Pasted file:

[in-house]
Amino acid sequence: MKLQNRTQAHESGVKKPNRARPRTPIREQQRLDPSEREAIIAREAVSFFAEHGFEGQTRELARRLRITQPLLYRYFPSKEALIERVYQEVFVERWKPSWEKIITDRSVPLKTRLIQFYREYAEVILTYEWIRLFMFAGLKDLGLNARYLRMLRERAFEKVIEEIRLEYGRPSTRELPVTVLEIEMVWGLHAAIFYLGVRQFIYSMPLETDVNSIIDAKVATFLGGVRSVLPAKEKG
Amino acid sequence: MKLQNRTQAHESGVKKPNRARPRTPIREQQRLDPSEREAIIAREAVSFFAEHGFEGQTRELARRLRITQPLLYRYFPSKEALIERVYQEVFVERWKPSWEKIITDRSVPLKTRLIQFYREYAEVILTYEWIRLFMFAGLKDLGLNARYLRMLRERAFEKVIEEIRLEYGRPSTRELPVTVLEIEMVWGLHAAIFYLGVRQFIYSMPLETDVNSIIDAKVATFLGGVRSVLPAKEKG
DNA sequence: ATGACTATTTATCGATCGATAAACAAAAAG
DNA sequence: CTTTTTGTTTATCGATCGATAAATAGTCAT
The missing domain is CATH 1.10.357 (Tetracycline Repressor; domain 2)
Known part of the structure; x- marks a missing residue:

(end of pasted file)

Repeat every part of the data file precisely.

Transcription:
[in-house]
Amino acid sequence: MKLQNRTQAHESGVKKPNRARPRTPIREQQRLDPSEREAIIAREAVSFFAEHGFEGQTRELARRLRITQPLLYRYFPSKEALIERVYQEVFVERWKPSWEKIITDRSVPLKTRLIQFYREYAEVILTYEWIRLFMFAGLKDLGLNARYLRMLRERAFEKVIEEIRLEYGRPSTRELPVTVLEIEMVWGLHAAIFYLGVRQFIYSMPLETDVNSIIDAKVATFLGGVRSVLPAKEKG
Amino acid sequence: MKLQNRTQAHESGVKKPNRARPRTPIREQQRLDPSEREAIIAREAVSFFAEHGFEGQTRELARRLRITQPLLYRYFPSKEALIERVYQEVFVERWKPSWEKIITDRSVPLKTRLIQFYREYAEVILTYEWIRLFMFAGLKDLGLNARYLRMLRERAFEKVIEEIRLEYGRPSTRELPVTVLEIEMVWGLHAAIFYLGVRQFIYSMPLETDVNSIIDAKVATFLGGVRSVLPAKEKG
DNA sequence: ATGACTATTTATCGATCGATAAACAAAAAG
DNA sequence: CTTTTTGTTTATCGATCGATAAATAGTCAT
The missing domain is CATH 1.10.357 (Tetracycline Repressor; domain 2)
Known part of the structure; x- marks a missing residue: